In late 1999 I went on a mission to find out more about Internet marketing. Normally I’m not a naive guy, but I was very naive about Internet marketing. It wasn’t at all what I thought it was. I was both pleasantly surprised and disappointed…all at the same time.
Every industry has contrasting personalities. There are those nice, loved-by-everybody people and there are those caustic, outspoken, in-your-face types.
Additionally, every industry is filled with varied approaches to business. Here in Dallas we’ve got two airlines: American Airlines and Southwest Airlines. They behave very differently even though they’re in the same business of flying people around.
Internet marketing is no different.
My most intense years of “study” were from 2000 to 2004, but I continued through the years to look closely at what was going on throughout Internet marketing. From affiliate marketing to information marketing. From “how to make money” to niche marketing. I looked at every angle and approach…all in the quest of learning what it was all about.
Along the way I found some people I really liked.
• Jimmy D. Brown was among the very first Internet marketers I found. He’s an Arkansas guy so it seemed likely a guy living in Texas (me) might find him affable. Well, I did. He was into some things I had never heard of, but I looked more closely at what he was doing anyway. PLR? What in the Sam Hill is PLR? Private label rights. I confess I still don’t see much value in it, but back in the day it was a big deal. Maybe it still is. Jimmy was knee-deep in it and it seemed to be a huge part of his business. He’s credited with starting the first membership site, too. You can now find him here: imstitute.com
• Terry Dean was another fellow I ran across early on. Like Jimmy D. Brown there were a variety of good stories about him. I’d heard about him getting up live, in front of an audience and crafting an email that generated over $30K before the conference was over. Ah, the good old days of legendary performances! I’m fairly certain my first physical product purchase from an Internet marketer was from Terry. Today, you’ll find Terry here: terrydean.org
• Sterling and Jay are Jeremy “Sterling” Frandsen and Jason “Jay” Van Orden. I first ran across them around 2006 thanks to their podcast. Earlier I had found Jason through his podcasting work, but I wasn’t aware these guys had teamed up until I ran across their podcast. Unlike Jimmy and Terry they were relative newcomers to Internet marketing at the time. I listened regularly to their podcast. They had a good story of running away from their cubicle jobs to a life of more independent living made possible by succeeding online. Two guys from Salt Lake City made good via Internet marketing. Yes, they’re very Internet marketing in the traditional sense – “how to make money online.” But, they regularly brought stories of people doing clever, creative things in niches. Today you’ll find them here: internetbusinessmastery.com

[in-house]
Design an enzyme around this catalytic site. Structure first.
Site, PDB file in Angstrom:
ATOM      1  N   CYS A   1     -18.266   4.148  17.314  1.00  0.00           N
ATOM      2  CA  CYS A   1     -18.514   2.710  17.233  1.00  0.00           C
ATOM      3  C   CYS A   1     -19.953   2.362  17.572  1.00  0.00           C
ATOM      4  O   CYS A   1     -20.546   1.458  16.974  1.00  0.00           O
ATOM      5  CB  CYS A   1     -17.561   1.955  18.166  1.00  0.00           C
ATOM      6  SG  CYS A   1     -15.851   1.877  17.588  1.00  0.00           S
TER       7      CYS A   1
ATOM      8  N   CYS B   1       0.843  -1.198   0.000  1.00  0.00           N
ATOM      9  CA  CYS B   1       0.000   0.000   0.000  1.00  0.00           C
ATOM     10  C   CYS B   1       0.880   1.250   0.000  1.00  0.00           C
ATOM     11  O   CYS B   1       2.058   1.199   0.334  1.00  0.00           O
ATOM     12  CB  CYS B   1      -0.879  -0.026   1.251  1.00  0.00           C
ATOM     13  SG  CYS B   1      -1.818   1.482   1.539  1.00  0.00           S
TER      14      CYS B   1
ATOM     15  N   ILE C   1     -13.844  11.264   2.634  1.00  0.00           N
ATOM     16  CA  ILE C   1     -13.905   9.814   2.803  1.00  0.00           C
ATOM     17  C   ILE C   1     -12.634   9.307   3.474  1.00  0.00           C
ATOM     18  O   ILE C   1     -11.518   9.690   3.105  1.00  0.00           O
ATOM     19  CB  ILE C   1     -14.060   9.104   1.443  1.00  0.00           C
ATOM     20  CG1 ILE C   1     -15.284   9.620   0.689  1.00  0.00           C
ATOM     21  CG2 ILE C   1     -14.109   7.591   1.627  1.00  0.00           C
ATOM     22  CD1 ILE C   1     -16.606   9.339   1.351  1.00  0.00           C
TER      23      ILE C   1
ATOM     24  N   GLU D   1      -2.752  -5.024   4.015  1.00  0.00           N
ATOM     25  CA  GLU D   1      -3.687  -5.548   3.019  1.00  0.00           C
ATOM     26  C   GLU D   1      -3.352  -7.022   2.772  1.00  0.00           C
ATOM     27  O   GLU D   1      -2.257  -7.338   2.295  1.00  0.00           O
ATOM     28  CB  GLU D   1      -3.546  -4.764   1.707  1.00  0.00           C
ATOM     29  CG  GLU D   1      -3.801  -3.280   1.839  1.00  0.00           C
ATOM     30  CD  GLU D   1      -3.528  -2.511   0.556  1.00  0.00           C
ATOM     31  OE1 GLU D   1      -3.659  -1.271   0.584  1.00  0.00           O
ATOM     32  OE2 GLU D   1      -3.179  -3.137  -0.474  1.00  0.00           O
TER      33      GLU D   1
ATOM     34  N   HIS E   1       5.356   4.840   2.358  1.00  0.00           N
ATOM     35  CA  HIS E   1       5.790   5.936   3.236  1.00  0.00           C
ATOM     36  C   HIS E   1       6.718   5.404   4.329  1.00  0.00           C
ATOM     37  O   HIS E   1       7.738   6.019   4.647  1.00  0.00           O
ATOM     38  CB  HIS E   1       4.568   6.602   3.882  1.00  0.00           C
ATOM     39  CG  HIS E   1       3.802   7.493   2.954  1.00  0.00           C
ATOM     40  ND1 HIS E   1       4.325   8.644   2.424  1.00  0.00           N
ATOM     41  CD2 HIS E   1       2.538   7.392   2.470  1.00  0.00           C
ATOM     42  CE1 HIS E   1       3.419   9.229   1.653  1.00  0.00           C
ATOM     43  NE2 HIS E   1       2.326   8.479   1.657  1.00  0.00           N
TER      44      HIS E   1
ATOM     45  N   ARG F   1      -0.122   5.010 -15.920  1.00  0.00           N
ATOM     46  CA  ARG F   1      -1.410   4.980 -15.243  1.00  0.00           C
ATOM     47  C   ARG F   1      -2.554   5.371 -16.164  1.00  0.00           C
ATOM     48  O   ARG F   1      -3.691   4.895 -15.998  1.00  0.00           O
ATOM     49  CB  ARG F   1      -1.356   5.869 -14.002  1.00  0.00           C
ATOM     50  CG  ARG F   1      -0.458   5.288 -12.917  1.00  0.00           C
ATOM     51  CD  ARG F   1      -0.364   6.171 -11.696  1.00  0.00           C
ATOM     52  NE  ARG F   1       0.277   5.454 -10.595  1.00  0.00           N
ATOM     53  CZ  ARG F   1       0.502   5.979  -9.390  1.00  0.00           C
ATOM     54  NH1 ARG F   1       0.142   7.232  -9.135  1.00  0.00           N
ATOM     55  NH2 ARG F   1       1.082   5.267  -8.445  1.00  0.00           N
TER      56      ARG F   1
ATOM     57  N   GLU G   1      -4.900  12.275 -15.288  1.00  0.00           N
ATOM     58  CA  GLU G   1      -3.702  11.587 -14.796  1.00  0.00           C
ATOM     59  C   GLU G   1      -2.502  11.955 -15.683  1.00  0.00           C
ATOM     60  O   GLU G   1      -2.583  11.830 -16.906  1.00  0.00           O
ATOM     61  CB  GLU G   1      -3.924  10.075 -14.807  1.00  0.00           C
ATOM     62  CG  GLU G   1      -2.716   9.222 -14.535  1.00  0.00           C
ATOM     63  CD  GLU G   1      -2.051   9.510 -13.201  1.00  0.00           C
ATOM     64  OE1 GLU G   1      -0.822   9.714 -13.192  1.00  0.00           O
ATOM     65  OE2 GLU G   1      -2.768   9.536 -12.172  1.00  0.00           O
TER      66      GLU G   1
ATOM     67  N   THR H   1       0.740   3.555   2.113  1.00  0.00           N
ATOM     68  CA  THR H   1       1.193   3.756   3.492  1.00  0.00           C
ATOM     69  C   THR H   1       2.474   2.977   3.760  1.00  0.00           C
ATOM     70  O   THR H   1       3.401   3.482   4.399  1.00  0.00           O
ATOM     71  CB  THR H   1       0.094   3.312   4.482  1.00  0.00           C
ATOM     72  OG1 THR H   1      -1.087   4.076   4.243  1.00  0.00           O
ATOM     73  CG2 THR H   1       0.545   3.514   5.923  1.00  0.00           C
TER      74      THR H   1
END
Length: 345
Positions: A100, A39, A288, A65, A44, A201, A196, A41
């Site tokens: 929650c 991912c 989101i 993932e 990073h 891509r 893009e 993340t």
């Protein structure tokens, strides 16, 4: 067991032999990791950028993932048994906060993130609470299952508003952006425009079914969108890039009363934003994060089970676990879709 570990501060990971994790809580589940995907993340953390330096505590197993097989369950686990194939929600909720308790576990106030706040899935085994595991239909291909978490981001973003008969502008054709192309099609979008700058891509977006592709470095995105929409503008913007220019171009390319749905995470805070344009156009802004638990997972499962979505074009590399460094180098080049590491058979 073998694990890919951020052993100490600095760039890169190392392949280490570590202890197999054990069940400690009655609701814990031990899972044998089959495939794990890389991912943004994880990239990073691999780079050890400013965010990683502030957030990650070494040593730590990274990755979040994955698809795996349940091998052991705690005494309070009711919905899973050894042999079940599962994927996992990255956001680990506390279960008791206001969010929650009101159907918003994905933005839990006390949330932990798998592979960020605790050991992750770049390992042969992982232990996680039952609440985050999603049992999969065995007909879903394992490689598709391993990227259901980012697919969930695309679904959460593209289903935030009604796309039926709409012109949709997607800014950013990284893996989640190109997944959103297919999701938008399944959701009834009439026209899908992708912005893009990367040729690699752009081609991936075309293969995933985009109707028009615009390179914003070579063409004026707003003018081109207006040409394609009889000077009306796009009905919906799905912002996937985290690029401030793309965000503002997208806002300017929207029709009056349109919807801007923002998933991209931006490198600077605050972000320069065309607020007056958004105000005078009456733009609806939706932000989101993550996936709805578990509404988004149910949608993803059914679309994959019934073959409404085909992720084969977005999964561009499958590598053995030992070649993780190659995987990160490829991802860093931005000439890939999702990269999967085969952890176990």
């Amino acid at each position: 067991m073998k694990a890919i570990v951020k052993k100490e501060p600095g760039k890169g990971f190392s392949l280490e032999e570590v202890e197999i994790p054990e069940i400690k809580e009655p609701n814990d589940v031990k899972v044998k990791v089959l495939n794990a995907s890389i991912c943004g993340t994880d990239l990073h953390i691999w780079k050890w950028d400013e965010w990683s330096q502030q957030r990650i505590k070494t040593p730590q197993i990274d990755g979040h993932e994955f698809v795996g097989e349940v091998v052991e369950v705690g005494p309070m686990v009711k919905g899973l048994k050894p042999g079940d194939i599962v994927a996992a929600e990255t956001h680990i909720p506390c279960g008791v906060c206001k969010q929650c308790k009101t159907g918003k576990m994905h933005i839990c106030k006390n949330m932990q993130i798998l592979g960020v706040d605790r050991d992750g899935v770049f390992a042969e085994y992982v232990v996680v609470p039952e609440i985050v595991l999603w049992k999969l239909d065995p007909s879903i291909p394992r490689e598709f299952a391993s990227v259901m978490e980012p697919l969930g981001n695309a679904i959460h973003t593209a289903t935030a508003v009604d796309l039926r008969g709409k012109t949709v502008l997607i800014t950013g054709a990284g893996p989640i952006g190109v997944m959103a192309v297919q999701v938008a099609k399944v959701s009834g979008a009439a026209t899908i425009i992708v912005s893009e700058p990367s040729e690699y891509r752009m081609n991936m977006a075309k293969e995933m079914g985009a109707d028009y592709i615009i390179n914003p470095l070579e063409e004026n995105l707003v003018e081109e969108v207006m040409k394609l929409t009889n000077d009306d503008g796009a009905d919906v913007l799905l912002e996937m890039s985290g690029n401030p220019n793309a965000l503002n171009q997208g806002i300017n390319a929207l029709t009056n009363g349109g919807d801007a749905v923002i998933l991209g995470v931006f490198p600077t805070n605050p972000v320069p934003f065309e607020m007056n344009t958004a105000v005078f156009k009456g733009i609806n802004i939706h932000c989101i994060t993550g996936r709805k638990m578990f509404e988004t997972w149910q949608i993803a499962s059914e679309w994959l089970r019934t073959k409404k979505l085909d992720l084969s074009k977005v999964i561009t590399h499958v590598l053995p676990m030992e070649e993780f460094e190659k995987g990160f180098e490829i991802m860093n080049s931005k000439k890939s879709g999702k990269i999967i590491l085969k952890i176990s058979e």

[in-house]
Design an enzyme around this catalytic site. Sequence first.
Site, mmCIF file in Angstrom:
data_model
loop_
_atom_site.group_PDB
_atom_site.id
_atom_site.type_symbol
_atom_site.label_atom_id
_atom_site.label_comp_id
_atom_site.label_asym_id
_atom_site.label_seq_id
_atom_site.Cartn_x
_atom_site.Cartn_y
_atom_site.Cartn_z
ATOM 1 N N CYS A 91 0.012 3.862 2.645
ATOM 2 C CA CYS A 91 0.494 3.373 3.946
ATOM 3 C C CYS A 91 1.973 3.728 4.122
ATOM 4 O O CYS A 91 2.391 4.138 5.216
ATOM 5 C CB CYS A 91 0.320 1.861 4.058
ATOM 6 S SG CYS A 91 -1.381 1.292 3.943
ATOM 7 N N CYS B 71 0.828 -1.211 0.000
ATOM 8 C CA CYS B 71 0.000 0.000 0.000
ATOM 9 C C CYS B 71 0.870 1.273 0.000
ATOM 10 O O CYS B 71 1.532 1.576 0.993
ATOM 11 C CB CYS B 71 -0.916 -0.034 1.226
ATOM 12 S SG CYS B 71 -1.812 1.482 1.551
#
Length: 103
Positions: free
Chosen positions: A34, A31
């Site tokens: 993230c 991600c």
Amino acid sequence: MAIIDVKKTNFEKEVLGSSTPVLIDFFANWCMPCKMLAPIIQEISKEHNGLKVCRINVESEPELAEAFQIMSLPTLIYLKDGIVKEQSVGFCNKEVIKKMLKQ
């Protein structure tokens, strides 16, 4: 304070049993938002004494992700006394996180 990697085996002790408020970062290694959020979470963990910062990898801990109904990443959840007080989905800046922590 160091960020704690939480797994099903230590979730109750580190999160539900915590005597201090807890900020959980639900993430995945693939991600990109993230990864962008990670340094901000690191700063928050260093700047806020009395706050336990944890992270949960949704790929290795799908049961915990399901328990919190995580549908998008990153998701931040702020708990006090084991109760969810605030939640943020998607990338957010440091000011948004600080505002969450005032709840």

• Lynn Terry was one of four Internet marketers on another podcast I once listened to, Internet Marketing This Week. I was somewhat familiar with two of her co-hosts, but I didn’t follow them. Lynn was refreshingly candid and forthright. She was also willing to stand by her convictions, no matter what. I liked her straight away. Still do. You’ll find her here: clicknewz.com
• Pat Flynn was interviewed on Sterling and Jay’s podcast in 2009. He was a member of their “academy.” They interviewed him on the Cubicle Escape series of their podcast. He was Patrick Flynn then. 😉 I was especially interested in his story because he was marketing an information product that helped people prepare for an exam. He wasn’t teaching people how to make money online. He has since blown up into a major Internet marketing success. He’s one of the most transparent and forthcoming guys in the space. You’ll find him here: smartpassiveincome.com
In recent years I’ve come to know a few other people who are worth mentioning (but I won’t for fear I’ll leave somebody out). I wasn’t aware of them during these years of more intense study, but they too serve as evidence that I didn’t develop some hateful, heavily biased view against anybody who marketed “infoproducts” or found a way to make a buck online. Admittedly, they seem to fall into 2 categories (or both): a) they serve a niche (i.e. videography) and/or b) they’re affiliates for products or services they think their audience will find useful. Some of them drift over into the “making money online” genre occasionally, but the ones I admire most only do that as they’re telling their own story of how they’re made money online (ala Pat Flynn).
What do you think? Comments are open!